ct to periodical sickness for many years.
attended with insanity.
It has been publicly stated that he was idiotic; nothing could be more false.
He had subjected himself to a most dreadful surgical operation but a short time before starting for Kansas, which had well nigh cost him his life; and was but just through with his confinement when he started on his journey, pale and weak.
They were obliged to husk corn all winter, out of doors, in order to obtain fodder for their animals.
Solomon Brown, a very strong minor son of the family, eighteen years of age, was sent forward early in 1855, to assist the two last named, and all three arrived in Kansas early in the spring.
During this slow journey with their stock across the entire width of Missouri, they heard much from her people of the stores of wrath and vengeance which were then and there gathering for the free state men and abolitionists gone or going to Kansas, and were themselves often admonished, in no very mild language
ain there as residents.
I give to my son Jason Brown my silver watch with my name engraved on inner case.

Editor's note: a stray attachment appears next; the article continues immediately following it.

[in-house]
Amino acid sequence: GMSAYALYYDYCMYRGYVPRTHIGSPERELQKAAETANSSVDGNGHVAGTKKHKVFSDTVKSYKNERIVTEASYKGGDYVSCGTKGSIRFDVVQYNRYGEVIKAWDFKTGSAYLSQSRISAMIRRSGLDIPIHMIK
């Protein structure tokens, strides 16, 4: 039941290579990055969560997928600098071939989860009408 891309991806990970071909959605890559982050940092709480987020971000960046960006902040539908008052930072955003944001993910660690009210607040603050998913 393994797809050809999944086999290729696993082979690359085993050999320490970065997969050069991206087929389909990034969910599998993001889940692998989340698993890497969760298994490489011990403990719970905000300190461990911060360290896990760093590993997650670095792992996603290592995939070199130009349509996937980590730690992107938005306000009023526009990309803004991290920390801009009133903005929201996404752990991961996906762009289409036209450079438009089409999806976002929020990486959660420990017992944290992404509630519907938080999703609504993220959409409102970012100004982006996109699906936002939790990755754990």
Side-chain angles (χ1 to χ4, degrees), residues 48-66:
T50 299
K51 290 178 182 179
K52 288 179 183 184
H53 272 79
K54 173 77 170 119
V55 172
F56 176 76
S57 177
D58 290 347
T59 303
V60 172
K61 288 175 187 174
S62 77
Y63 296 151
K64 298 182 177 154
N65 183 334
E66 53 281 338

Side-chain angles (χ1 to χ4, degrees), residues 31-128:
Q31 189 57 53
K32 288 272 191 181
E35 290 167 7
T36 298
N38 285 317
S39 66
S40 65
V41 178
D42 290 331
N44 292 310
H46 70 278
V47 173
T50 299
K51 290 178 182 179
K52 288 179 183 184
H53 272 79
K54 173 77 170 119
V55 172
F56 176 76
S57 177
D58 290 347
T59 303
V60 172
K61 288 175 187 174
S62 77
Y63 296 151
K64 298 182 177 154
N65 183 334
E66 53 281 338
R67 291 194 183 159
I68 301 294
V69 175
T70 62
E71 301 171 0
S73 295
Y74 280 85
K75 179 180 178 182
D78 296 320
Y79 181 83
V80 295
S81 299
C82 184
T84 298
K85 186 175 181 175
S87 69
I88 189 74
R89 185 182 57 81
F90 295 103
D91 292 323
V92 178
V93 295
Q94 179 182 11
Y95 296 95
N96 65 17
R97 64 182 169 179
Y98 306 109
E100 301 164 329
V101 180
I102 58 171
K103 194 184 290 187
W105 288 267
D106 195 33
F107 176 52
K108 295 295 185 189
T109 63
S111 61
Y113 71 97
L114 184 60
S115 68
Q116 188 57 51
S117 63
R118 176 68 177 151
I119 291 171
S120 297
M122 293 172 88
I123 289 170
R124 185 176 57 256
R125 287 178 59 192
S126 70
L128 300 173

I give to my son Owen Brown my double-spring opera-glass, and my rifle gun, (if found,) presented to me at Worcester, Mass. It is globe-sighted and new. I give also to the same son fifty dollars in cash, to be paid him from the proceeds of my father's estate, in consideration of his terrible suffering in Kansas, and his crippled condition from his childhood.
I give to my son Solomon Brown fifty dollars in cash, to be paid him from my father's estate, as an offset to the first two cases above named.
I give to my daughter Ruth Thompson my large old Bible, containing the family record.
I give to each of my sons, and to each of my other daughters, my son-in-law Henry Thompson, and to each of my daughters-in-law, as good a copy of the Bible as can be purchased at some bookstore in New York or Boston, at a cost of five dollars each in cash, to be paid out of the proceeds